One Man, Under Attack

So I’m taking a lot of flack for my critique of Gates, some of it less than entirely civil. Stephen Bates, who I responded to earlier, gets me, I think, but now I’m coming under fire from new quarters that aren’t quite so forgiving as the Yellow Doggerel Democrat. Mac Diva finds my position via-à-vis Gates lacking in “realism”, which is fair enough, but then Elayne Riggs at Pen-Elayne on the Web (permanent link bloggered; scroll down to “Opening up the FloodGates”) said my posts remind her of “some fanboys’ reaction to an issue of a comic that didn’t read the way they expected it to regardless of whether the story worked”, which I am reading as un-complimentary. (An aside: both make note of my nom de blog, “OneMan”, and it seems perhaps time to clear that up–the name was originally part of the joke: a site called “One Man’s Opinion” was clearly the home of a “OneMan” whose opinions they were; plus, it played on my assertion, in my about page, that I am just one man, that I’m not trying to speak for everybody or even anybody else. But it seems to arouse suspicion in the way that names like “Atrios” and “Jeanne d’Arc” don’t, so for the record, my name is Dustin and I’m not a transsexual. Yet. So far as I know.)

Now, I don’t feel I have to be “right” about this (or that there even is a “right” in this matter–or if there is, there’s an awful lot of lee-way before “wrong” is reached) and I don’t necessarily care that Mac Diva and Elayne Riggs disagree with me (though being agreed with is so much nicer, don’t you agree?), but I do want to be understood, and if I haven’t been, than I am obviously not being clear enough in my objections.

I agree with all comers that we live in an era of savage capitalism and that, for better of worse, Bill Gates has a bank account that boggles the mind. I also agree with those who say that it is a Good Thing that Gates is giving that money away, although I would prefer if he simply gave it en masse to the UN, a la Ted Turner, to apply to areas that are widely agreed upon as most in need of cash flow. A lot would still go towards health issues, which international organizations repeatedly point to as the most pressing issues in today’s world, but some would also go to emergency humanitarian relief, slavery/trafficking issues, child labour prevention, and so on. Still, bully on Bill for at least stepping up–a lot of the obscenely rich, especially in the tech field, see no need to bother.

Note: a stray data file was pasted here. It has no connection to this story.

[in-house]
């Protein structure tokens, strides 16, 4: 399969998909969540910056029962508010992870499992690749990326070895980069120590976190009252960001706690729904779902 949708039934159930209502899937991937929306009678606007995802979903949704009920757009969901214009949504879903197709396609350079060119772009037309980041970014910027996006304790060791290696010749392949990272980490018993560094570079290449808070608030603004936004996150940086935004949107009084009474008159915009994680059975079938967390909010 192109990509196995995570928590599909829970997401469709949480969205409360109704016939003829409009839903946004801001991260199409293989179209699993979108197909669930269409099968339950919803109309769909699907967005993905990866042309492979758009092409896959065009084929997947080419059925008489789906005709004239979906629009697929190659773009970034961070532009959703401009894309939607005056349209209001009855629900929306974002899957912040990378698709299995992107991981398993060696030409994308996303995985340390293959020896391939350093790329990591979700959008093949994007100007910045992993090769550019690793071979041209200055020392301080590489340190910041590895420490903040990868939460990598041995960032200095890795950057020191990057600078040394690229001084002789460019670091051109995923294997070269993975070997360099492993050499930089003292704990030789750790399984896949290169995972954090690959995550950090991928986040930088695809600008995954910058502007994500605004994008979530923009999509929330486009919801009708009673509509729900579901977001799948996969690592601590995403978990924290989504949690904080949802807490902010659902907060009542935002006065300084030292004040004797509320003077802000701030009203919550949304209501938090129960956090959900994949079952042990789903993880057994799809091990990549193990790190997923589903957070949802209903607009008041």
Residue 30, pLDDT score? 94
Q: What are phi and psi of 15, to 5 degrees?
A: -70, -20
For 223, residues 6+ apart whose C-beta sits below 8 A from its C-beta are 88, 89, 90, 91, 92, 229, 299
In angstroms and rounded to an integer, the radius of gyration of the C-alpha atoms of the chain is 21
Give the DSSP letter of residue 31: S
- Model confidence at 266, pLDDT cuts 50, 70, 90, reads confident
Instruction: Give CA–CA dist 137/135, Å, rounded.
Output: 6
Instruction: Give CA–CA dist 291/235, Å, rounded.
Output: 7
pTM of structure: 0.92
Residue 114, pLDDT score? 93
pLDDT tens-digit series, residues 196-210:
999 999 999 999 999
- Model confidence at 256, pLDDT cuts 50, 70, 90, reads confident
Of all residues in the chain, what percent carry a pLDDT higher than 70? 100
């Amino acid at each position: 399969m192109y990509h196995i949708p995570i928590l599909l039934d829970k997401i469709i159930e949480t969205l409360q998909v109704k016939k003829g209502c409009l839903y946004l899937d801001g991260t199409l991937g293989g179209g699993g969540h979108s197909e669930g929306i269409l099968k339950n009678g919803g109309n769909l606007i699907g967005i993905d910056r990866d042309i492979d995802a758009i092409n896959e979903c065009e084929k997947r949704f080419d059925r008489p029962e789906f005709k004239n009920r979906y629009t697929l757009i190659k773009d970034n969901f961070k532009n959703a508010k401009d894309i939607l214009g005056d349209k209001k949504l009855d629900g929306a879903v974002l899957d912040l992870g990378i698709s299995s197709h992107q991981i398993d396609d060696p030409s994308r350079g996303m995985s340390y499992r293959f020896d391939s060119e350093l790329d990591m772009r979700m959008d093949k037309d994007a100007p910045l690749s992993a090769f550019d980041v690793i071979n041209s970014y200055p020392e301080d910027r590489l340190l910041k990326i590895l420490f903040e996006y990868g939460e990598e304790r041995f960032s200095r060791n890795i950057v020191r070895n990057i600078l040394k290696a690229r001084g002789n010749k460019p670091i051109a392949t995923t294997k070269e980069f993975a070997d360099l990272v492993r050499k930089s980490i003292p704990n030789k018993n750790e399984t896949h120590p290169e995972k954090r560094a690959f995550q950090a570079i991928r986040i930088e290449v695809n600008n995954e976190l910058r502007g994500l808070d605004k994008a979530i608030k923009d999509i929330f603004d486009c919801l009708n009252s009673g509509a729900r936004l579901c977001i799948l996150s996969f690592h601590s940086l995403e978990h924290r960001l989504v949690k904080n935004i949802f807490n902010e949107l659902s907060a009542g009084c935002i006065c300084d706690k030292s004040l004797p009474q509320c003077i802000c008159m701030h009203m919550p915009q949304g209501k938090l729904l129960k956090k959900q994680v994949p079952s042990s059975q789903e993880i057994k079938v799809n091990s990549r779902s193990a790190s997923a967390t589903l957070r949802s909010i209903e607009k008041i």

This does not change the fact that we are in drastic need of a systemic change in the way we allow business to be done. Gates has been rewarded for the most heinous of business practices, including his wielding of monopoly power, but also, and to my mind worse because of the human rights issues involved, using prison labour. In the human rights field, he joins other rich folk who have made fortunes while (by?) inciting genocidal attacks on native populations in Nigeria, Ecuador, and East Timor; creating massive pollution wastelands in those same countries as well as along the US-Mexico border, along the Alaskan and Spanish coastlines, in the African copper-belts, and elsewhere; undermining or attempting to undermine democratically elected governments in Chile, Venezuela, and elsewhere (the US?); supporting and probably shaping structural readjustment and austerity programs that have led to rioting and worse in Argentina, Brazil, Haiti, and just about everywhere else they’ve been applied, as well as causing drastic shortages of food and medicines in many of those countries; used patent laws and other restrictions to restrict the availability of medicines and medical aid to the people most in need of it; undermined local subsistence patterns in countries like India, Haiti, and elsewhere by forcing greater amounts of land to be used for export crops and thus limiting the ability to grow food for local needs and increasing dependence on imported and more expensive foodstuffs; and so on. As I said, Bill Gates is not responsible for all of this, but he is representative of those who are, those to whom I am supposed to feel grateful for their decision to return some of that “ill-gotten” gain in the way they choose to the people they choose.